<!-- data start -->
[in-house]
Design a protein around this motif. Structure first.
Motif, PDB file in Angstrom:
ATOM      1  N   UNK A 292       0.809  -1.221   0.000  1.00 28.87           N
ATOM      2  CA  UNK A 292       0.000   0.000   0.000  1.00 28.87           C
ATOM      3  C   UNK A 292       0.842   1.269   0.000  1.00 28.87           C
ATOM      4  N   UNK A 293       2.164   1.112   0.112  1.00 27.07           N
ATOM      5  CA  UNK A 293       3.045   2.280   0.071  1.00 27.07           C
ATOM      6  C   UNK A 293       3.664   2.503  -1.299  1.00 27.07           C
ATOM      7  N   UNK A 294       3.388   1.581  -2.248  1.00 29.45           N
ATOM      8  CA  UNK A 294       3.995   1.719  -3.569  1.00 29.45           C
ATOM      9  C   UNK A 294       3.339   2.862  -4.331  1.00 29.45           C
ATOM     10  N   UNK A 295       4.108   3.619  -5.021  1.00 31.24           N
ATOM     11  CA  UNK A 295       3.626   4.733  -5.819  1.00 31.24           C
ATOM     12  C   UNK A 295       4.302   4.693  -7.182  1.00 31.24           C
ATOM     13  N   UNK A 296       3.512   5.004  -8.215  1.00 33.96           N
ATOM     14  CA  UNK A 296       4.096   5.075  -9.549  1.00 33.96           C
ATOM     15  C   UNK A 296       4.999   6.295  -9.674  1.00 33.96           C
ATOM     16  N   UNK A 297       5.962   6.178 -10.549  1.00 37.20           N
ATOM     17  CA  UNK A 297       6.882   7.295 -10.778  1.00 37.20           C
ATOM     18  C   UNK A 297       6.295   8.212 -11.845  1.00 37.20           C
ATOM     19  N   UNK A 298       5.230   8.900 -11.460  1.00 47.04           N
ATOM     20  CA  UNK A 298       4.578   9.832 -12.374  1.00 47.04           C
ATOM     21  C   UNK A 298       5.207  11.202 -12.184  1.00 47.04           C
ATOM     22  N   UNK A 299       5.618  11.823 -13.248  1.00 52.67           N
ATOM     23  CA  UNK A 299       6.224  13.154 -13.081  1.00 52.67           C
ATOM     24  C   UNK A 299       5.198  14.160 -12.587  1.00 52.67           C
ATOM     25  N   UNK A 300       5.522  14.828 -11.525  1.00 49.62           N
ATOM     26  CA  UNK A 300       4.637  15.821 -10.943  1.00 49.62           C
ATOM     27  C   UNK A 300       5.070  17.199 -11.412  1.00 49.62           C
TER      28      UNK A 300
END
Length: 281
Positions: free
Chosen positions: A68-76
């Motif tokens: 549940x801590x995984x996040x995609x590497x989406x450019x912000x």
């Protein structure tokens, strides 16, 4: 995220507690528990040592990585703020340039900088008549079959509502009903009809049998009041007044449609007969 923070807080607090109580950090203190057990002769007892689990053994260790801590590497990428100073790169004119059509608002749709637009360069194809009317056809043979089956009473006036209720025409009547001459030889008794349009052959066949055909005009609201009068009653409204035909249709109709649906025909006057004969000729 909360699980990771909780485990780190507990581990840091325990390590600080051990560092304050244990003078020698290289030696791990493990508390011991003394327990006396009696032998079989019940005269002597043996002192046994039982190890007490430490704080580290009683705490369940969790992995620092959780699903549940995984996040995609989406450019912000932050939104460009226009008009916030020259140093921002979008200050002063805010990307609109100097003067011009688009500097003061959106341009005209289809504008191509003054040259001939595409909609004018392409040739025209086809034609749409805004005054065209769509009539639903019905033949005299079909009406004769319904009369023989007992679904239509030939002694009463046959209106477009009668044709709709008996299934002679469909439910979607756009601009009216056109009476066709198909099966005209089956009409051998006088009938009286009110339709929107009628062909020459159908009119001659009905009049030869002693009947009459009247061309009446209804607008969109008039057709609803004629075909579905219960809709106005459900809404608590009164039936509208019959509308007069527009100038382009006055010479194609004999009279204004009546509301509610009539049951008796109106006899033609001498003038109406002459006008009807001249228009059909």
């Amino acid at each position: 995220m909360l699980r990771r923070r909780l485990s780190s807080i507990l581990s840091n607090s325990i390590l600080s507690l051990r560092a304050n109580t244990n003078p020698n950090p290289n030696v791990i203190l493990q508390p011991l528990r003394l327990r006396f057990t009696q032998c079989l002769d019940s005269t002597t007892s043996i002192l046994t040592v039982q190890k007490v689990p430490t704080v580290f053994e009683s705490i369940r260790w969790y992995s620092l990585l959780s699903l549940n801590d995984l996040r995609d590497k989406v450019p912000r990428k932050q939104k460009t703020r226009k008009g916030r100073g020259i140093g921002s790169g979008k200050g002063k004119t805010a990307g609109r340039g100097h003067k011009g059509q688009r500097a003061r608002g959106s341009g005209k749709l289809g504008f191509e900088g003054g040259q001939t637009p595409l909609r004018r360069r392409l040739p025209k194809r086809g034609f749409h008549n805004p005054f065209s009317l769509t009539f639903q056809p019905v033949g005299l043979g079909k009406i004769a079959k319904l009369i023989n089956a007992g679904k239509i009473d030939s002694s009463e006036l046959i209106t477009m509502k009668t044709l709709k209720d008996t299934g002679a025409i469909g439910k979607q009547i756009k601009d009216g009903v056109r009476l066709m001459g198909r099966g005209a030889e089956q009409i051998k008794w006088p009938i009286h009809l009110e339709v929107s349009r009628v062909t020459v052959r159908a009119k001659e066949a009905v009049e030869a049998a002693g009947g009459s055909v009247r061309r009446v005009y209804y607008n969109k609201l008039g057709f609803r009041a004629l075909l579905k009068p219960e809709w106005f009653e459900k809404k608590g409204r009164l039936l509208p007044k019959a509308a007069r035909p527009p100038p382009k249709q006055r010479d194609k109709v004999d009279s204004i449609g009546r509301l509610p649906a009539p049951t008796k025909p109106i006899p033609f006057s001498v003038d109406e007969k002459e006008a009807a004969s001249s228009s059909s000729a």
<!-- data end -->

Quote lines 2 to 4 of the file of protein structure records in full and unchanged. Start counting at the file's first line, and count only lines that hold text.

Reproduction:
Design a protein around this motif. Structure first.
Motif, PDB file in Angstrom:
ATOM      1  N   UNK A 292       0.809  -1.221   0.000  1.00 28.87           N